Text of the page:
Swedish House Mafia Turns International Dance Music Biz On Its Head
Swedish House Mafia Turns International Dance Music Biz On Its Head

Despite appearances from artists like Tinie Tempah (on "Miami 2 Ibiza") and Pharrell (on the group's definitive first release, "One"), SHM's music is gloriously big-room club fodder, not mainstream-friendly radio dance. When asked if he'd like to have a Billboard Hot 100 chart-topper, Angello, who spends part of the year in Los Angeles, is dubious. "We bump into people and we end up on a record together. We never plan or request anything. We don't say, 'OK, this release is just for America. Let's put an R&B singer on it.' "

But SHM is more than music; it's a brand. And an international "joint venture" with EMI-the type of multiplatform deal that used to be called "360"-has allowed the members to develop themselves as one, without a hard focus on sales.

"It's a new paradigm: This is an artist that hasn't put out a proper artist album yet," Astralwerks senior marketing director Lawrence Lui says. "The music industry is evolving, and what makes money now is not necessarily recorded music or downloads or sales of actual music products." Lui confirms that EMI shared in the expense and the profit of Masquerade, and has done the same with the group's other outside-the-box projects.

Video: Swedish House Mafia live at the Masquerade Motel 2011

The act has already released a critically lauded documentary film, "Take One"; "Until One," a companion iPad app to its same-named EP; and a free iPhone fan app that pushes out gig information and aggregates the bandmates' tweets. They have nearly 1.5 million Facebook "likes," more than 121,000 Twitter followers and a website that'll soon be updated to include an enhanced store and a travel guide with tips from SHM's members.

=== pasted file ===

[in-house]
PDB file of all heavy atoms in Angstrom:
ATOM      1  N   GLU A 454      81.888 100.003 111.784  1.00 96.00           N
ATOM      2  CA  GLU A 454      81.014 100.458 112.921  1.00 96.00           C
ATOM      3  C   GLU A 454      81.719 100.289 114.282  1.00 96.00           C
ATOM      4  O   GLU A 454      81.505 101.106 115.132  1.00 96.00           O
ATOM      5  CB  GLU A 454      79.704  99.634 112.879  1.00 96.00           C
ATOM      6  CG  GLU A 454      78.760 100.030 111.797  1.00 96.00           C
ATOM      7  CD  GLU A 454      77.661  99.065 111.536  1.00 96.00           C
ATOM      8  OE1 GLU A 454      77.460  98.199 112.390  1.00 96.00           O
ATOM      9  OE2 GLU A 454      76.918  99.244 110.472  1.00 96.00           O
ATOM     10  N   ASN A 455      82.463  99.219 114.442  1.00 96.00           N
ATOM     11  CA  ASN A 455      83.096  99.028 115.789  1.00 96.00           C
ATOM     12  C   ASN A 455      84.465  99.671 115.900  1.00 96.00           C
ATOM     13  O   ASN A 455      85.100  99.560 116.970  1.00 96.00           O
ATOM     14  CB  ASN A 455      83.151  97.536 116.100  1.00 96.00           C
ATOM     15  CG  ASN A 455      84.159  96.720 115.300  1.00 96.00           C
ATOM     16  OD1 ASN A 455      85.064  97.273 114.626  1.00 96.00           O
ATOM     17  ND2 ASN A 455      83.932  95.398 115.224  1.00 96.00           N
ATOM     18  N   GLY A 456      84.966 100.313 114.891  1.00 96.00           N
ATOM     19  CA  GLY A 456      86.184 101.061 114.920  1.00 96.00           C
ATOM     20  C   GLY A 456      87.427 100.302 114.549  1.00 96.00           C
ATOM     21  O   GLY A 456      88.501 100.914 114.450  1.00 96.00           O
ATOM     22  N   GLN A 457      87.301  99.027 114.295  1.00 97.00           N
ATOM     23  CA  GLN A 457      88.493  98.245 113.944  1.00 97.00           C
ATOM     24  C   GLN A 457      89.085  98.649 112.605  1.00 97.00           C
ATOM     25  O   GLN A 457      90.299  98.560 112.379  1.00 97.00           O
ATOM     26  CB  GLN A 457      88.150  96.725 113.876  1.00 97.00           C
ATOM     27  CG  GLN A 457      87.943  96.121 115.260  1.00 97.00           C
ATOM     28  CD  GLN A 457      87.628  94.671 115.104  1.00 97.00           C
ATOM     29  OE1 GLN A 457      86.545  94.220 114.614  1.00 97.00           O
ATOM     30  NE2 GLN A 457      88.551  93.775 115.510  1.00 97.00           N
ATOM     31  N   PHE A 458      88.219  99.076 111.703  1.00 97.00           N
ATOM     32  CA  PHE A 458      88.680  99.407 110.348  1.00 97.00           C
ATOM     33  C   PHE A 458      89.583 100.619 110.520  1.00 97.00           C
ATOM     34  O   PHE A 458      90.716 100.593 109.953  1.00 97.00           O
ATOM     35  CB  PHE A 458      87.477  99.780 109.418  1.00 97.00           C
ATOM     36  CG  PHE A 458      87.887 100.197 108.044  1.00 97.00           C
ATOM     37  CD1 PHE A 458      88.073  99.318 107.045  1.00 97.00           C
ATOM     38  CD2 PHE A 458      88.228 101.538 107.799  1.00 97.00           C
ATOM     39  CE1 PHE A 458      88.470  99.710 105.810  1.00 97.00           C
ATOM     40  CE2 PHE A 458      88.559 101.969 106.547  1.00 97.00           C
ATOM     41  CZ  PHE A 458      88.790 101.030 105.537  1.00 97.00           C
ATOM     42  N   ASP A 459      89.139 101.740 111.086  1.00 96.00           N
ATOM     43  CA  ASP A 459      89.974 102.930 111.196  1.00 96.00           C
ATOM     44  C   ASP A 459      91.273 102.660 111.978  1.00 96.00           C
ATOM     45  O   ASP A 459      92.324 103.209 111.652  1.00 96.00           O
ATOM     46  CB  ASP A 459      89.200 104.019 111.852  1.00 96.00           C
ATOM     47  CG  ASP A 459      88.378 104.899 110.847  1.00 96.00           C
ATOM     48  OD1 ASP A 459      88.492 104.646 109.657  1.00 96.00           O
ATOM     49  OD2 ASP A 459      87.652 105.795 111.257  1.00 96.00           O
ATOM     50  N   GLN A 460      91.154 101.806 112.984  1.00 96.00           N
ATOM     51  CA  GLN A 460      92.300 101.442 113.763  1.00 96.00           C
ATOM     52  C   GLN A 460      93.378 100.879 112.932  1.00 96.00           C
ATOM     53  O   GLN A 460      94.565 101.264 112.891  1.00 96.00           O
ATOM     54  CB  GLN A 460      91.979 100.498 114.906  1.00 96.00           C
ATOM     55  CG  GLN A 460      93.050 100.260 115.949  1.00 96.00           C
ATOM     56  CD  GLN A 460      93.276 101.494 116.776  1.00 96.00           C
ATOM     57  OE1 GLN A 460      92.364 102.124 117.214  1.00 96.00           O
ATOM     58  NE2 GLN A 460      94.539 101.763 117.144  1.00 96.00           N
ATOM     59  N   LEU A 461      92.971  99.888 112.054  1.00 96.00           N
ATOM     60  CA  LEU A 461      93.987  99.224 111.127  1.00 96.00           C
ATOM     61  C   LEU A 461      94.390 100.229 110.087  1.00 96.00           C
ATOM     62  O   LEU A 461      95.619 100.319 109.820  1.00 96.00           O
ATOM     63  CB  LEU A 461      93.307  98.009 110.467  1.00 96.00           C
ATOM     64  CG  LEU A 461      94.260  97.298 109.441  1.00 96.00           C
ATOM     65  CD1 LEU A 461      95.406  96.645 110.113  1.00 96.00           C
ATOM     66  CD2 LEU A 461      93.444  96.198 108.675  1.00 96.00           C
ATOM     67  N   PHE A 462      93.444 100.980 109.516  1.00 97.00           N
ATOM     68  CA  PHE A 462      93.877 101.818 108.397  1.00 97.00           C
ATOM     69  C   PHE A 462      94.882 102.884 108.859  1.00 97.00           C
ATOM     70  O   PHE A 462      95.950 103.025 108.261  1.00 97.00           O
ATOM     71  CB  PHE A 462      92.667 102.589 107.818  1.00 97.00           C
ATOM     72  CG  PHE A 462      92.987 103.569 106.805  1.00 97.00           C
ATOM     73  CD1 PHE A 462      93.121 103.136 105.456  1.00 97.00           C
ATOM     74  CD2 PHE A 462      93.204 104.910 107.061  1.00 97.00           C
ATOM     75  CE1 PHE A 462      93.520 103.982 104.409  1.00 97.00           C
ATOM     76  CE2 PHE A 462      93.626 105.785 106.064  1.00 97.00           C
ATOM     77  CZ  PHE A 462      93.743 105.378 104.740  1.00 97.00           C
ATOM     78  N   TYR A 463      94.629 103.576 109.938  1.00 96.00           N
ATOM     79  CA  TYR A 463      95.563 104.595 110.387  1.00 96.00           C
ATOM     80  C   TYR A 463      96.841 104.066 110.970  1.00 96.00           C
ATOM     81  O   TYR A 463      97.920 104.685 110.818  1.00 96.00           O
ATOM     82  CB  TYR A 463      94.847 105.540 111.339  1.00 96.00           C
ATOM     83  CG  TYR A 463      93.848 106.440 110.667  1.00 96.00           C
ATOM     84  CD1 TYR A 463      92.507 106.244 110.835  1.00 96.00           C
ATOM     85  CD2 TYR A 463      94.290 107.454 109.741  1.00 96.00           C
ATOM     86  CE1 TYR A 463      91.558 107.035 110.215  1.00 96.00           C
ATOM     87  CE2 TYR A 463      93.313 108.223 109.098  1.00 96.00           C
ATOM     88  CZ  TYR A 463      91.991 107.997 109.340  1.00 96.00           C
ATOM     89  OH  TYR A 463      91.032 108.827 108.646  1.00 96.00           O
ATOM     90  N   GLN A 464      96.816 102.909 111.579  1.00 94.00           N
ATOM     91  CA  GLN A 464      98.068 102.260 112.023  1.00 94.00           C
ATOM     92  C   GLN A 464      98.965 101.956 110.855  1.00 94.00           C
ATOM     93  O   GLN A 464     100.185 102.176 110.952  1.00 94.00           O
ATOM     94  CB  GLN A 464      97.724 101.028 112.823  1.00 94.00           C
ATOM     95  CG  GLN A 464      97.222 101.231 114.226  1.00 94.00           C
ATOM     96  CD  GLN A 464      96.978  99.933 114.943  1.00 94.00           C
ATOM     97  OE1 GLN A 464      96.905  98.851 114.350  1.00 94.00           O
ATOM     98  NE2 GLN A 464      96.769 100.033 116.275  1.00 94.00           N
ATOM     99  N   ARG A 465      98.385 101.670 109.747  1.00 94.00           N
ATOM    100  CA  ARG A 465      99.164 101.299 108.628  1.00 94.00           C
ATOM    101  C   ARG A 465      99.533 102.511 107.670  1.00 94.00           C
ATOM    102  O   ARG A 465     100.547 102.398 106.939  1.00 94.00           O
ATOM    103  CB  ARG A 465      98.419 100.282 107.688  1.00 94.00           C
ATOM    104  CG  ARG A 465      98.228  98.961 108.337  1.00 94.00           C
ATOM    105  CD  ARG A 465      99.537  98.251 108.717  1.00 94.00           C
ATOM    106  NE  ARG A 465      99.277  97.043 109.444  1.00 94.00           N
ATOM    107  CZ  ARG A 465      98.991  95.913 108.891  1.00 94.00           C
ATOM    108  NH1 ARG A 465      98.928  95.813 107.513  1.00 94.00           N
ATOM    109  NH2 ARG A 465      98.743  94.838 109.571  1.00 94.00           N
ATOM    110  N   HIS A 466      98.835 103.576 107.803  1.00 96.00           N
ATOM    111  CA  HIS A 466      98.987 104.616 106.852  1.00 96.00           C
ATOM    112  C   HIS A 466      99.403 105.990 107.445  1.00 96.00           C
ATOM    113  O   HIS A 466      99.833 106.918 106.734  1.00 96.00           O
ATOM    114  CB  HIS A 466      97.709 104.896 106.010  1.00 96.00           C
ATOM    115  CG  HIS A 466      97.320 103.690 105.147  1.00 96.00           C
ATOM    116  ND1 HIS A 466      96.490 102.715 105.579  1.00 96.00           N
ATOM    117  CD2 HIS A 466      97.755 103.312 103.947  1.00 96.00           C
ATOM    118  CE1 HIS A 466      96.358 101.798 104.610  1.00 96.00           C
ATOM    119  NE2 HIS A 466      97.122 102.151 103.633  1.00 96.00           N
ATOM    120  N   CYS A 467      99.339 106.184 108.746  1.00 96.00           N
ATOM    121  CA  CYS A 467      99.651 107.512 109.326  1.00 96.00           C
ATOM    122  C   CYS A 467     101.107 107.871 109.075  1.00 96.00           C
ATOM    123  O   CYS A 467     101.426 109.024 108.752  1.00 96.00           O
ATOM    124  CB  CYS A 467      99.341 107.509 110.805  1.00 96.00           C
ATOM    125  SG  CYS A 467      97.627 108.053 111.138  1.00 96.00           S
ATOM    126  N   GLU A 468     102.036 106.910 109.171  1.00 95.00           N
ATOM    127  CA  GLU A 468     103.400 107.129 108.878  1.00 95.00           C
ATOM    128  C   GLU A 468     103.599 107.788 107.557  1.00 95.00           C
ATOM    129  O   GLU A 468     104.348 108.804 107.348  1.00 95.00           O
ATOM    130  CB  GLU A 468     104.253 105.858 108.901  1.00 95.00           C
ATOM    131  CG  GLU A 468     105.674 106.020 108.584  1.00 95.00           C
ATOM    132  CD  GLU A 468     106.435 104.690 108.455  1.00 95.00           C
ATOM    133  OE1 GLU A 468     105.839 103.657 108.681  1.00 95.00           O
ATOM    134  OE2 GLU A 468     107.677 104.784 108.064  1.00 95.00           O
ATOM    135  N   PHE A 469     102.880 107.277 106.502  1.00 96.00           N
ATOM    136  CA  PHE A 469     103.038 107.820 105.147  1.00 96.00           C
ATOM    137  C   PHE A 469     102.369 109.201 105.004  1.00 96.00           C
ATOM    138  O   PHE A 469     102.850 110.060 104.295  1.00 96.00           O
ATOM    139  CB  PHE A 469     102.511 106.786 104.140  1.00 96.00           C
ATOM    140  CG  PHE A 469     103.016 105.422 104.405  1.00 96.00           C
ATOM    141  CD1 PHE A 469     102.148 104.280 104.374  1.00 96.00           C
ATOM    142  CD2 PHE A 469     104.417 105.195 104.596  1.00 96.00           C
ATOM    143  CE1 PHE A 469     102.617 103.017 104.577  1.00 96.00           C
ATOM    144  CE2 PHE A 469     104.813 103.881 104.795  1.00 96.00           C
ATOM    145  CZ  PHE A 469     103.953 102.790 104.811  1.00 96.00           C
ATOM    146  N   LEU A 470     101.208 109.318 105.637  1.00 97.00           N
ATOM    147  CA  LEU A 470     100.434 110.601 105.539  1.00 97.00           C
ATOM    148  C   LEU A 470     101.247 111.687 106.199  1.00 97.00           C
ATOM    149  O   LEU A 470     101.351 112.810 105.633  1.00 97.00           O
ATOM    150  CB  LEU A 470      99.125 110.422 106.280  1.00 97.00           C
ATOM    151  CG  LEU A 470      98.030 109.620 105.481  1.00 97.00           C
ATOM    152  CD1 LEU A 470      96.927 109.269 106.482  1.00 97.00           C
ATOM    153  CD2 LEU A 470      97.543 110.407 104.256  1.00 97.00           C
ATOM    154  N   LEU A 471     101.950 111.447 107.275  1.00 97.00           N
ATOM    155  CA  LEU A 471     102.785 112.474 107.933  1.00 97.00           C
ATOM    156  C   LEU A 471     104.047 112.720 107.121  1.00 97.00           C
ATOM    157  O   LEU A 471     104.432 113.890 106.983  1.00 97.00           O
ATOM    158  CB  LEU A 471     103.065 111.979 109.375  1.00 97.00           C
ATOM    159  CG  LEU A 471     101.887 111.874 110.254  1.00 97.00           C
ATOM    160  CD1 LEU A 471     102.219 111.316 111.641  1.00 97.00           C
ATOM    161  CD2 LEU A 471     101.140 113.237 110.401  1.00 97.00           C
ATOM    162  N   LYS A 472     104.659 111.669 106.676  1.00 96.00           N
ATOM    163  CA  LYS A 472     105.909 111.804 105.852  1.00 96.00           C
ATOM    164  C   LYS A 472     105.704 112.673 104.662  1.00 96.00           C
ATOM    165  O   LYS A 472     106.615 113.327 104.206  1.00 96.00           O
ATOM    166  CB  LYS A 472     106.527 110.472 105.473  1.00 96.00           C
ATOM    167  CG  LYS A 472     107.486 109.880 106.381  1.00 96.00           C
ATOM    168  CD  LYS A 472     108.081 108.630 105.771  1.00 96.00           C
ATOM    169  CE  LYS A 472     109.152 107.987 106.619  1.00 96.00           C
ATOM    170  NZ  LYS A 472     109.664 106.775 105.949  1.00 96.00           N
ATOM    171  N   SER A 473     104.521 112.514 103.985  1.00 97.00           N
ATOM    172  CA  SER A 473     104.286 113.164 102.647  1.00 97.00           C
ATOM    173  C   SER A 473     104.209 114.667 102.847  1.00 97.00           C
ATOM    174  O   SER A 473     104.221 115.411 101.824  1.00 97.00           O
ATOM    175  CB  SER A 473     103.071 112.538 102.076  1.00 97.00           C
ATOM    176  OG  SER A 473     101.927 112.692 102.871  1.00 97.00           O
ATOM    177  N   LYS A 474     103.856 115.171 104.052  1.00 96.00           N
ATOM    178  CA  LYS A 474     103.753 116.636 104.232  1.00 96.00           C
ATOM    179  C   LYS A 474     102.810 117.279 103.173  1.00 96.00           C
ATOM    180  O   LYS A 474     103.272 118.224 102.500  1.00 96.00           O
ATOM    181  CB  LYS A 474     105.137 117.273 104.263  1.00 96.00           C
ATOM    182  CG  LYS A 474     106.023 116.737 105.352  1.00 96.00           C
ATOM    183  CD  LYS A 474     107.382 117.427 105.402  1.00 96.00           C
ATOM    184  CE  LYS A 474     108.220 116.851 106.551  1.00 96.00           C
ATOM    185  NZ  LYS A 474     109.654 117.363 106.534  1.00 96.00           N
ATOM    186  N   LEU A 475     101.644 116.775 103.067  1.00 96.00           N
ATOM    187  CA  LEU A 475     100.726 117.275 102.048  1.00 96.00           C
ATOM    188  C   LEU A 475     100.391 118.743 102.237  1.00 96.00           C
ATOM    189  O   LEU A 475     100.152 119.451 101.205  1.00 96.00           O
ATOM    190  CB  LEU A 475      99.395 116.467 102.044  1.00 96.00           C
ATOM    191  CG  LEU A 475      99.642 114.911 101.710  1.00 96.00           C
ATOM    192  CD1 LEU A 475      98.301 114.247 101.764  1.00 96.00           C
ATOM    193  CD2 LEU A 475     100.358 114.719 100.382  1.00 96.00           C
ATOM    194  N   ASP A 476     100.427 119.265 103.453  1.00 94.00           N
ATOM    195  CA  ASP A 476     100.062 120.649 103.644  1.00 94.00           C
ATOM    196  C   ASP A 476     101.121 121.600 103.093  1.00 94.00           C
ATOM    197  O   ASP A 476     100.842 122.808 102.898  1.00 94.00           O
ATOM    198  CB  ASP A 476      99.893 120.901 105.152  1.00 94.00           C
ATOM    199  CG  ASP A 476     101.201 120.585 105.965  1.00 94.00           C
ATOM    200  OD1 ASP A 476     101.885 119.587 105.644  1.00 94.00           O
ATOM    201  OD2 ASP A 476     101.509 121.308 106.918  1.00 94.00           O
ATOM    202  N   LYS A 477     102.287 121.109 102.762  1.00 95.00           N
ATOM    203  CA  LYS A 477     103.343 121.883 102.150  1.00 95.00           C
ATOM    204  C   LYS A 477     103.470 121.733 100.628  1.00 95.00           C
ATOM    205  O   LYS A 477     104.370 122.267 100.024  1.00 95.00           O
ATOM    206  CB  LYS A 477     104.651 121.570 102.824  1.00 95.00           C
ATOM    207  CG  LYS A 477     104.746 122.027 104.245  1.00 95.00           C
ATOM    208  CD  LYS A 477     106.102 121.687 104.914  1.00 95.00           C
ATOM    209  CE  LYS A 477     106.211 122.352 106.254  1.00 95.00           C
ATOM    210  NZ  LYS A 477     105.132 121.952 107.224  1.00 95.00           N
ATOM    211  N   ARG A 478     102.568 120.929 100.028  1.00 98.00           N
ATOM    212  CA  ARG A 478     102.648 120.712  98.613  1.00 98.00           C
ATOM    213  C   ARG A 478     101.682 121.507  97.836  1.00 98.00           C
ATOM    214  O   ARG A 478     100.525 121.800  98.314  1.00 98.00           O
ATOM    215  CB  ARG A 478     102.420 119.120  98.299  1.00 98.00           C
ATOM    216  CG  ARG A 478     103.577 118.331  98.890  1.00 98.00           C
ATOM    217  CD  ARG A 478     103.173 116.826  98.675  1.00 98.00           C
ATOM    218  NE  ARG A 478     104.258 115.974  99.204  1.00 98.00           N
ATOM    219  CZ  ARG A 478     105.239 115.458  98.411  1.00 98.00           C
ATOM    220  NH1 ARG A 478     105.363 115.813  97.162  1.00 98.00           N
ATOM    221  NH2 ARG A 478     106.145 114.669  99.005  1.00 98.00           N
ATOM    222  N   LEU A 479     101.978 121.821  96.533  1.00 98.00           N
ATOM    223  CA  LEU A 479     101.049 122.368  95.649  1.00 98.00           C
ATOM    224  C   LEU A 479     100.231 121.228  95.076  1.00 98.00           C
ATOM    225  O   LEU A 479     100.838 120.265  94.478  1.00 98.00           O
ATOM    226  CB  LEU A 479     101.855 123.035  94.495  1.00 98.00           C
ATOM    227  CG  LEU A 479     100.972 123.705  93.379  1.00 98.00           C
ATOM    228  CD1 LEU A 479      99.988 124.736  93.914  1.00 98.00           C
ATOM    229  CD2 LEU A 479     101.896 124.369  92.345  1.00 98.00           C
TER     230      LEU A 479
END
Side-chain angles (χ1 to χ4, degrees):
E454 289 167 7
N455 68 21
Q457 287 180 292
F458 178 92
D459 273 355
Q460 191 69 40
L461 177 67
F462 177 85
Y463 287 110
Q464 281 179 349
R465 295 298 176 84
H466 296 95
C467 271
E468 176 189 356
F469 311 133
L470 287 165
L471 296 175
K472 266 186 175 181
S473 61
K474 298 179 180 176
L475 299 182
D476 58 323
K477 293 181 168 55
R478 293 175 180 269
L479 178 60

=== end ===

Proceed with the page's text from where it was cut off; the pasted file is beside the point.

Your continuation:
Such elements have advanced the perception of these three affable friends as the leaders of a globe-trotting, fabulous lifestyle, nonetheless rooted in a fan-focused populism. And when the first true test of all that brand-building came-Masquerade, a chance for fans to commune with their heroes in an environment created by them-the response was overwhelming.

SHM wasn't born out of necessity: The members were doing well on their own. Angello and Axwell founded Size and Axtone Records, respectively, two of the genre's top tastemaking imprints. Ingrosso is a music-focused vocal specialist with an ear for pop. They could all tour at will internationally. As the name suggests, SHM started as a lark; a chance for the childhood friends to "bro out" in the DJ booths of international hotspots like Pacha Ibiza.

"Each of them have very successful solo careers," Thompson says. "SHM comes last, which is good. It stops it from becoming all-encompassing." But on March 26, it was all that mattered in Miami-even with the 50,000-capacity UMF sold out downtown.

The Miami Fire Department declared Masquerade at-capacity at 5 p.m., causing thousands of revelers to stake out spots on the surrounding beach. In addition to the usual spring breakers and fist-pumpers, the crowd had its fair share of grown-ups with means. Many trudged through the sand in Louboutoin heels and settled into bottle service tables in the elevated VIP section, hosted by exclusive New York-based nightclub brand Provocateur.

"Our fan is anywhere from 18 to 35, equally girl or boy," Thompson says. "They dress well, look good, make an effort. They die for electronic music. We have a saying: 'You are the show.' At Studio 54, you didn't know who the hell DJ'd-the people were the show. We feel our fans are that.

"When the trio took the booth for the day's final set, flanked and backed by massive video screens, it seemed possible that the structure itself would give way from the energy alone. SHM closed with "One"-joined by surprise guest Pharrell-and an explosion of pyrotechnics that seemed to represent the complete destruction of dance music's status quo. The new kings of Miami had been crowned.The members of SHM have no illusions.

"There's being big in America electronically in our genre, then there's being big like Britney [Spears] and Christina [Aguilera]," Thompson says. "We're humble in that regard." But Angello sees only a bright future, for the band and dance music at large.

"There are a lot of doors open to us right now," he says. "But the scene is finally where it should be; it's an amazing genre of music. It brings people together and makes them happy."